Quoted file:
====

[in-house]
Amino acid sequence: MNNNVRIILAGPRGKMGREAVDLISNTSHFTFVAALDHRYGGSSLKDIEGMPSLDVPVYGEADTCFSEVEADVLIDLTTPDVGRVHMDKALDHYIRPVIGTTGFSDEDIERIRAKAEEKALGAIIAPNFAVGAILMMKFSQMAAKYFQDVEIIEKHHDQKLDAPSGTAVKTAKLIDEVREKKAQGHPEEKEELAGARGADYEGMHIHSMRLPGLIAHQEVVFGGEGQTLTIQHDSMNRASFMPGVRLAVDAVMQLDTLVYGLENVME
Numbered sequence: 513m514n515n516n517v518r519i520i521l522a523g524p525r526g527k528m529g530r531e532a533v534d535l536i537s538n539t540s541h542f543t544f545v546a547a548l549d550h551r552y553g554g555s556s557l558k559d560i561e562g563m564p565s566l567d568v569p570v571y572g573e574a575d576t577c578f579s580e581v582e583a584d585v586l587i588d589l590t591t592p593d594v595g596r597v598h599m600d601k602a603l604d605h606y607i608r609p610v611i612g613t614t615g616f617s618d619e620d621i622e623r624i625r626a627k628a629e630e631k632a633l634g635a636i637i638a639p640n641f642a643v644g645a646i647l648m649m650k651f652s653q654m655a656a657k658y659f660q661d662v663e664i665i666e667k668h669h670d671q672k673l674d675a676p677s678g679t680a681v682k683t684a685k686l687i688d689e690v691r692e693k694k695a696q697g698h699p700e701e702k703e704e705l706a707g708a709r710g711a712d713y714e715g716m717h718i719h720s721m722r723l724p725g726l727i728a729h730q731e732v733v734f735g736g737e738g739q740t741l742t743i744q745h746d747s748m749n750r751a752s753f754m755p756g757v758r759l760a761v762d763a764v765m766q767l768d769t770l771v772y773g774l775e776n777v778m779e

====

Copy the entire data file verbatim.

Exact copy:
[in-house]
Amino acid sequence: MNNNVRIILAGPRGKMGREAVDLISNTSHFTFVAALDHRYGGSSLKDIEGMPSLDVPVYGEADTCFSEVEADVLIDLTTPDVGRVHMDKALDHYIRPVIGTTGFSDEDIERIRAKAEEKALGAIIAPNFAVGAILMMKFSQMAAKYFQDVEIIEKHHDQKLDAPSGTAVKTAKLIDEVREKKAQGHPEEKEELAGARGADYEGMHIHSMRLPGLIAHQEVVFGGEGQTLTIQHDSMNRASFMPGVRLAVDAVMQLDTLVYGLENVME
Numbered sequence: 513m514n515n516n517v518r519i520i521l522a523g524p525r526g527k528m529g530r531e532a533v534d535l536i537s538n539t540s541h542f543t544f545v546a547a548l549d550h551r552y553g554g555s556s557l558k559d560i561e562g563m564p565s566l567d568v569p570v571y572g573e574a575d576t577c578f579s580e581v582e583a584d585v586l587i588d589l590t591t592p593d594v595g596r597v598h599m600d601k602a603l604d605h606y607i608r609p610v611i612g613t614t615g616f617s618d619e620d621i622e623r624i625r626a627k628a629e630e631k632a633l634g635a636i637i638a639p640n641f642a643v644g645a646i647l648m649m650k651f652s653q654m655a656a657k658y659f660q661d662v663e664i665i666e667k668h669h670d671q672k673l674d675a676p677s678g679t680a681v682k683t684a685k686l687i688d689e690v691r692e693k694k695a696q697g698h699p700e701e702k703e704e705l706a707g708a709r710g711a712d713y714e715g716m717h718i719h720s721m722r723l724p725g726l727i728a729h730q731e732v733v734f735g736g737e738g739q740t741l742t743i744q745h746d747s748m749n750r751a752s753f754m755p756g757v758r759l760a761v762d763a764v765m766q767l768d769t770l771v772y773g774l775e776n777v778m779e